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Berlin: Capital of Bad Bridges

Berlin is supposed to have more bridges than Venice. The Italian marvel with its countless canals has 400 of them. Berlin counts 960. Great. The problem is that many of them seem to be falling apart. ‘Elsenbrücke’ just showed alarming symptoms. It was not the first time.

Berlin, December 22nd, 2021 (The Berlin Spectator) — Hamburg has 2,500 bridges, more than any other city in Europe. Vienna has 1,716 of them. Amsterdam is the city with the third-highest number of bridges on the continent. Here, the count ends at 1,281. And Berlin is the fourth city on the list. If there was a contest for cities with the worst bridges ever, Berlin would probably win it.

Many Berliners still cross the remaining part of Elsen Bridge. Photo: Imanuel Marcus

Bad Headaches

Regine Günther was Berlin’s Transport Senator until Tuesday, when a new Governing Mayor and a new Senate were elected by the Berlin House of Representatives. In an interview with the ‘Morgenpost’ daily published the other day, she conceded many bridges of Berlin were “in a very, very bad state”. Yes, when Senators use the word ‘very’ twice in one sentence, and when they follow it up with the word ‘bad’, something is ‘very, very’ wrong.

This photo contains a four-letter word that describes the state of Elsen Bridge very well. Photo: Imanuel Marcus

Every now and then, symptoms appear. In the German capital, one of the bridges that causes bad headaches is Elsenbrücke. Its construction commenced in 1964. Four years later, this important connection between East Berlin’s city center and former Schönefeld Airport was inaugurated. Since Germany’s reunification, the bridge has played an even more important role. In 2006, the Elsenbridge badly needed a renovation. It took three years to improve this bridge across the Spree River. For the next nine years, everything seemed fine.

Have you ever seen a prettier auxiliary bridge? We have not. Photo: Imanuel Marcus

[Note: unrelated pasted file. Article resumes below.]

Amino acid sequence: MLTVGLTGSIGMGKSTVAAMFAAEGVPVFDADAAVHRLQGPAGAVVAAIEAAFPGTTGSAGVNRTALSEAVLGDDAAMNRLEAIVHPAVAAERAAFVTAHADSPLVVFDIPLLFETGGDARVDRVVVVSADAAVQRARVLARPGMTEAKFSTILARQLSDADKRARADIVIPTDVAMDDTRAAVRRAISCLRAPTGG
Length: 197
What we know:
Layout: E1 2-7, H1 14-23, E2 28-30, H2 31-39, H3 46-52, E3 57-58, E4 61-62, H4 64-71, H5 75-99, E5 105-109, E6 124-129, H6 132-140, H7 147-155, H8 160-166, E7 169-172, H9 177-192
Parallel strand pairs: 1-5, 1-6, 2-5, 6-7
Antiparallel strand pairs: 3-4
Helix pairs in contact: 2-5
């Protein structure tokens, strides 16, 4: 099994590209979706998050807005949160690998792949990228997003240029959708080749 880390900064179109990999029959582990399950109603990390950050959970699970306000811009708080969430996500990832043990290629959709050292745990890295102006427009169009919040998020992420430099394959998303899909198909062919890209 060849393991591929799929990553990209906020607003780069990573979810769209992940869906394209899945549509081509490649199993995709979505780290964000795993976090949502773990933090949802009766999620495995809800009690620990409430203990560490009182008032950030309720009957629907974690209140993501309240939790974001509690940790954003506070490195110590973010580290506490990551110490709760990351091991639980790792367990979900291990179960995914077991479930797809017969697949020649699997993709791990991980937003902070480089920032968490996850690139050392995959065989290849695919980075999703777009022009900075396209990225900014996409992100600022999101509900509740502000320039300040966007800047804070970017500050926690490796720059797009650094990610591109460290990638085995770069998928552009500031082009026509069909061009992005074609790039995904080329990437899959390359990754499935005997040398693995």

Huge Crack

August 30th, 2018, was a bad day on which the Elsenbrücke was checked by experts. On its underbelly, they discovered a huge crack. A day later, the Berlin Senate had the bridge closed for all northbound traffic. It took another few months until the city came to the conclusion that the Elsenbrücke could not be repaired anymore and that it needed to be pulled down and replaced. Today, three and a half years later, half the bridge is gone. The part that was already removed used to carry the northbound traffic. Motorized traffic in both directions, pedestrians and cyclists are now using the other half.

The other day, sensors on Elsen Bridge triggered an alarm. Photo: Imanuel Marcus

More headaches were caused on December 13th, 2021, a few days ago. Early in the morning, sensors on the bridge triggered an alarm. There is one thing that should not happen to bridges, namely sagging. But this was exactly what had happened. Because there was a danger of collapse, the bridge was closed to all traffic almost immediately. But the next day, a miracle happened. Things were fine again. Why else would Berlin have reopened the Elsenbrücke for pedestrians and cyclists the next day? Another day later, motorists were allowed to cross it again. As it turned out, the sagging issue was related to the temperature.

This auxiliary bridge will be opened any day now. Photo: Imanuel Marcus

Bad News

Of course, Berliners who are using this bridge are asking themselves how safe it actually is. The bad news is that the Elsenbrücke will continue to be in a ‘very, very bad state’ until it disappears. More bad news? Here we go: Building a new bridge at the same spot will take until 2028, at least. But there is good news too: An auxiliary bridge that is probably a lot safer than the remainder of Elsenbrücke is already there. These days, it will be opened for traffic. Once all traffic is off the original bridge, it can finally fall apart.

Just before Regine Günther ended her term as Berlin’s Senator of Transport, she told the ‘Morgenpost’ she expected the city’s problems with old bridges to last for another decade.

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